It’s somewhere between 4:00 and 5:00 ( in the morning!) right now, and I was just awakened by the cry of a 3-year-old in her room.
Normally, the only reason I might get called by a kid that early is because mom was gone or… nothing else – that’s the only reason.
So, for a call to come out to dad was exciting.
I’m awake. I sit up and look over to make sure my wife is still there. She is. Now I’m worried..
“Dad? Where are you, dad?”
In a singular motion, I’m out of bed, across the hall, and into the room containing the little girl in distress.
“I’m here, Millie. What’s wrong?” I try to sound as calm as I imagine her mom would be.
With super-human acuity, I immediately discern the cause of her malady – her covers are off. Now with super-human speed, I return the misplaced blanket to its rightful place. I kiss her on the forehead and walk back towards my room with adrenaline pumping as she breaks the early morning silence one more time.
“Dad? I’m thirsty.”
Super-human superfluousness settles on the room as I ask her if she wants a drink. I’m sure even her three-year-old mind was thinking ‘duh’ as she nods in the affirmative (Is there ever a way to nod in the un-affirmative? Wondering this as I type makes the superfluous reference even more appropriate. Way to go, dad).
I race to the kitchen to get the drink, certain that if I’m not moving at lightning speed that something dire will happen while I’m gone.
I don’t know if there are actual world-records for 4:00 a.m. water glasses being filled and returned to children’s rooms, but I’m certain I’d have it if there was. Two words: Super-human rapidity (is that two words or three? Dang hyphens…)
So the new world-record holder of 4:00 a.m. water-retrieval sprints back down the hallway, giving no heed to the dangers of walls, corners, or uncollected toys. My personal safety doesn’t matter, only the hydration of my little girl. I kneel down to give her respite from her dry throat, and…
No movement, no gasping for breath, no sound of any kind. She’s asleep. Her pre-dawn room service request is left unfulfilled.
And the super-human dad leaves her room with a smile. I’m not smiling because she was denied her aquatic reprieve, but because she called for ME.
So, now with adrenaline pumping and the thought of further sleep being unattainable now, I’m left by myself to think.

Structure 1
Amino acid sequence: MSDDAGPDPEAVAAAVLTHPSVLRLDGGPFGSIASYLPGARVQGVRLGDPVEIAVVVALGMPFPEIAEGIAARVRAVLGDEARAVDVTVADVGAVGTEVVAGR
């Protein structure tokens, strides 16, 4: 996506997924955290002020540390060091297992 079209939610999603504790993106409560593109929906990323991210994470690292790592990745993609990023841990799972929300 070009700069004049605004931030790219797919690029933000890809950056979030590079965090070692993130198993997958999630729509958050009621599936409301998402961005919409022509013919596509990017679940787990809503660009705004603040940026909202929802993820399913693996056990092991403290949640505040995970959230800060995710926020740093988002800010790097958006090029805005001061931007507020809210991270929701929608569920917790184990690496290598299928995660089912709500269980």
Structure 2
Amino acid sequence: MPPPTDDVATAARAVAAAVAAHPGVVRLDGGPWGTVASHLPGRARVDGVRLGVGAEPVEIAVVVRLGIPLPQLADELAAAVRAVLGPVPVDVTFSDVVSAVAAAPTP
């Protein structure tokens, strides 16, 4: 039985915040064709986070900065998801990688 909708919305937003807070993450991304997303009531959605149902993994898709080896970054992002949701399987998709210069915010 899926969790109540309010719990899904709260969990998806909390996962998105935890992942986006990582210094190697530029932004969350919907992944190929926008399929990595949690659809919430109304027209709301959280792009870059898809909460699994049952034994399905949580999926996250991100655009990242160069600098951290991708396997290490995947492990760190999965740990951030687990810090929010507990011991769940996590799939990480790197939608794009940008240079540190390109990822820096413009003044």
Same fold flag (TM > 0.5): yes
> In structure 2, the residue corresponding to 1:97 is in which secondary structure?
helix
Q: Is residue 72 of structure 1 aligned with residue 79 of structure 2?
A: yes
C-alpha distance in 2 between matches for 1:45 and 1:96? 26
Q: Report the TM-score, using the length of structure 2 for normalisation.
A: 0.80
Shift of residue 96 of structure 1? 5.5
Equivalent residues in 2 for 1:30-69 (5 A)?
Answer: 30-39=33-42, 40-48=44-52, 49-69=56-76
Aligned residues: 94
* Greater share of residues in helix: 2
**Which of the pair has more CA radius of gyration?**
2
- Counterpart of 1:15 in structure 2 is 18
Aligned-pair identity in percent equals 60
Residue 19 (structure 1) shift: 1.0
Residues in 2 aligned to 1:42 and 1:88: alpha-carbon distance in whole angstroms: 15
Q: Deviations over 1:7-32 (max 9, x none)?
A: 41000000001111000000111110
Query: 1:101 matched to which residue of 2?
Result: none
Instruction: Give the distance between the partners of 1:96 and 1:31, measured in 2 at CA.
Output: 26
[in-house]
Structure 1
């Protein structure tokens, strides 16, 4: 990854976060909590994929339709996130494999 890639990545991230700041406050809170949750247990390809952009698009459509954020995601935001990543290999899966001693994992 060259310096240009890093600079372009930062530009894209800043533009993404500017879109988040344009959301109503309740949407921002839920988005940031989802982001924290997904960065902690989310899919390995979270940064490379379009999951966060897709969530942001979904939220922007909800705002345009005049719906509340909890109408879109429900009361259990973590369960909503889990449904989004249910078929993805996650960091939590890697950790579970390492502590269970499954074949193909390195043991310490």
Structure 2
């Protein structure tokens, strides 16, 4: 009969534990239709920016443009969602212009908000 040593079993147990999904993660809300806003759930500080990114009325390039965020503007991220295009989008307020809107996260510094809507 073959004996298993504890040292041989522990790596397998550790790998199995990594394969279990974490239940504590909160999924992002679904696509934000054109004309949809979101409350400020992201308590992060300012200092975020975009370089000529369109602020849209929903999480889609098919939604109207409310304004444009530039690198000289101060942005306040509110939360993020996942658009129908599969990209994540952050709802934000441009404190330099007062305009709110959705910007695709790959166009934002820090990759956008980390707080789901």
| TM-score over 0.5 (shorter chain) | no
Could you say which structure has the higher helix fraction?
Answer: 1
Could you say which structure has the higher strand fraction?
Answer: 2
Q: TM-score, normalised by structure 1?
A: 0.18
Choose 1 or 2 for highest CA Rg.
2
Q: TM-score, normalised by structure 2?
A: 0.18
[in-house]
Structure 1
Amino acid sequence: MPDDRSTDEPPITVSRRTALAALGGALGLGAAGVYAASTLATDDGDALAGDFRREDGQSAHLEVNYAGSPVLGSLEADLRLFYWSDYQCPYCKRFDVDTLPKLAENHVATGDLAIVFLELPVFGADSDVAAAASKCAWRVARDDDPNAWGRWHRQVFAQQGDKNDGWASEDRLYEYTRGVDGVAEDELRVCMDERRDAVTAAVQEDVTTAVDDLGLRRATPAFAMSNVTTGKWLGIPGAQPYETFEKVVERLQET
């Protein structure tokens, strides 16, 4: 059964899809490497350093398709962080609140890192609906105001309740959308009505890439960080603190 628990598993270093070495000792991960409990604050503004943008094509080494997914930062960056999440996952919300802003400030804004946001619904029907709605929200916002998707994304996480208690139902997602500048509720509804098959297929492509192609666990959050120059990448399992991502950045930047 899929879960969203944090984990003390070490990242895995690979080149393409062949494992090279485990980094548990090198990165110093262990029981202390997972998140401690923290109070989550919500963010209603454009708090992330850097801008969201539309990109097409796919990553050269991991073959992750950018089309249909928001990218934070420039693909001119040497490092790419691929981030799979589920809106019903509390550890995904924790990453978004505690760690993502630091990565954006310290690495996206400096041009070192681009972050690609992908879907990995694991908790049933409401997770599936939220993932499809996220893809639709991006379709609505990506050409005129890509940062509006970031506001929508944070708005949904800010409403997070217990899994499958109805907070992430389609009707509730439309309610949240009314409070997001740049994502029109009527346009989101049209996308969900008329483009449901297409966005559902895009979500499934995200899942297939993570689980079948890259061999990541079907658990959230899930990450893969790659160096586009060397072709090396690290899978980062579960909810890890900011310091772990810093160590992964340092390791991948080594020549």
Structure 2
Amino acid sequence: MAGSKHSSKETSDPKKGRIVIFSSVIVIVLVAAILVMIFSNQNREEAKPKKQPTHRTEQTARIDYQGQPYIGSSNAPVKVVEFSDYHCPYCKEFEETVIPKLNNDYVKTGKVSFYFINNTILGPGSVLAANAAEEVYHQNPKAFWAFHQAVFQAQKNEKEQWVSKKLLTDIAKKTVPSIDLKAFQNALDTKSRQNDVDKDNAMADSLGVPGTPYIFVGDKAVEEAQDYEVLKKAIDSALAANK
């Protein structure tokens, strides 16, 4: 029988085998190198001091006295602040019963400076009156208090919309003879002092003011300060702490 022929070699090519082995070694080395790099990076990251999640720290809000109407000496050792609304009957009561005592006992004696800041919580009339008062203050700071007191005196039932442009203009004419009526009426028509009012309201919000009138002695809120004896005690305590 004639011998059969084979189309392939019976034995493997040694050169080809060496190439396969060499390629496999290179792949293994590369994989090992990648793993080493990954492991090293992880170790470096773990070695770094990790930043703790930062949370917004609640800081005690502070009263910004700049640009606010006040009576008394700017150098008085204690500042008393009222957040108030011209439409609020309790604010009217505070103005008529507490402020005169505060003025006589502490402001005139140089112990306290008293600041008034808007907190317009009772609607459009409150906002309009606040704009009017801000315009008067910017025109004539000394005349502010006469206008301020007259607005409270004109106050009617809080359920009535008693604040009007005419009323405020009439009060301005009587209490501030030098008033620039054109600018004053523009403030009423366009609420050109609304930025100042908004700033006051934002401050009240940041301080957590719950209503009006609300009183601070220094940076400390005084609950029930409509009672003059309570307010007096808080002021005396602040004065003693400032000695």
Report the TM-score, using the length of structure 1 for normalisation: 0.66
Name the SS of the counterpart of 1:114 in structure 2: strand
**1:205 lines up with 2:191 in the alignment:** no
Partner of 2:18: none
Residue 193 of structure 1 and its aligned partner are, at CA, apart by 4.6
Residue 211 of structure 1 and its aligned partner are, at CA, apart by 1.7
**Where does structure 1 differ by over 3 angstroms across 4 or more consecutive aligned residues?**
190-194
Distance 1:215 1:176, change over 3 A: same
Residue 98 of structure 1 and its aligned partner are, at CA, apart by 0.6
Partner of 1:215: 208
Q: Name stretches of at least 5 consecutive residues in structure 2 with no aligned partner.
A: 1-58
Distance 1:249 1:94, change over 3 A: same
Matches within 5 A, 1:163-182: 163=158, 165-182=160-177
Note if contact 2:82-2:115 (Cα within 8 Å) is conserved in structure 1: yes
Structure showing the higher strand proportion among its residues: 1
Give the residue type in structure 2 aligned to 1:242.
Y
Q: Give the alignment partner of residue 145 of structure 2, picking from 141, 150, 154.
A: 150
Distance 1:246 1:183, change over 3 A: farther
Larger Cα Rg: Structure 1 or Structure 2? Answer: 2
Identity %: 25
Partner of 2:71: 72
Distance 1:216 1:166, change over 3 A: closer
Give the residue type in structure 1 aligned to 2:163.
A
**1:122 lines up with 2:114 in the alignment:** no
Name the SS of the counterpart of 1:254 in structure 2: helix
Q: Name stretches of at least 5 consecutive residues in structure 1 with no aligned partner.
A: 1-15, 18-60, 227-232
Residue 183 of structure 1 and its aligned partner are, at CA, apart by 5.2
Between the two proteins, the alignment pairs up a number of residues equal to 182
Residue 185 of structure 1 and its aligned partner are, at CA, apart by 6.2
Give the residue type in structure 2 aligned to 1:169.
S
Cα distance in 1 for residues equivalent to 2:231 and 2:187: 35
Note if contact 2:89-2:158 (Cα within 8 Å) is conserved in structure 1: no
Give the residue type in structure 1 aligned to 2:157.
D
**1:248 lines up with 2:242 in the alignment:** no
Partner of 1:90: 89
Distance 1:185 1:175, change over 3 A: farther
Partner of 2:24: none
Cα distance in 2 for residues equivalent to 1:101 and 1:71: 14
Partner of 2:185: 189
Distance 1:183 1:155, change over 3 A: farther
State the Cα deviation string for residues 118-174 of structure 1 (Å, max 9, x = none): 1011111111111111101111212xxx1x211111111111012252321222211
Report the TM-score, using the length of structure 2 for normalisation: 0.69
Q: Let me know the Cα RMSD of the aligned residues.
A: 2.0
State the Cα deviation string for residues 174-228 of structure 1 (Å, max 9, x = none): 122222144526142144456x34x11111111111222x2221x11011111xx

I think about all the dads who are super-human. Not super-human speed, not super-human intelligence or influence, but super-human in the most important thing: Just being there. I think about all the kids who don’t get to have a dad pull up their covers for them, don’t get to ask a 40-year-old man for water at 5 am, don’t get to hear corny dad jokes 24/7, and who don’t get to call out for dad because he’s just not there.
You see, I hear more and more stories about these ‘men’ who are biologically grown-up and emotionally still babies. So many kids are handed a gaping hole in their lives because someone somewhere decided their wants are more important than their kids’ happiness and security. Really? To call these types of people ‘dog terds’ is an insult to the stuff dogs leave on your lawn.
I’ve already ranted about this in a previous post, so I’ll just leave it at that…with a small addendum –
To the terds out there who bought into the delusion that your ‘needs’ trump the real needs of your kids, I’m sorry.
I’m sorry that you’ll never get to be awakened at 5:00 in the morning to help a little girl feel safe and warm.
I’m sorry that you don’t get to hear the laughter of a 5-year-old boy who just invented (and shared with you) a joke that doesn’t make any sense at all.
I’m sorry that you’re going to miss the hugs of a 7-year-old blue-eyed princess who ‘just wanted to say she loved you’, the smile from the 9-year-old accompanying you on a daddy-daughter date, the successful pranking from your sons hiding in a closet to scare the bejeebies out of you, and the eye roll of your teenage daughter when you refer to her friends as ‘marshmallows’ (She calls them her ‘peeps’, and when I was growing up, that was a bright pink marshmallow chicken…)
And as I ponder on these things, I know for certain that the most super-human attribute a dad can have is just being there. Not pursuing their own interests, not filling their own ‘needs’, just plain and simply being there. For all you dads who are doing your best and sticking around, you’re super-human to the only people that matter – your precious children. Most of your quirks and flaws will be forgotten as your children remember that you were there for them. Remember that the next time you hear the early morning call –
“Dad? Where are you, dad?”
We’re super-human dads – We’re right here…
..and we always will be.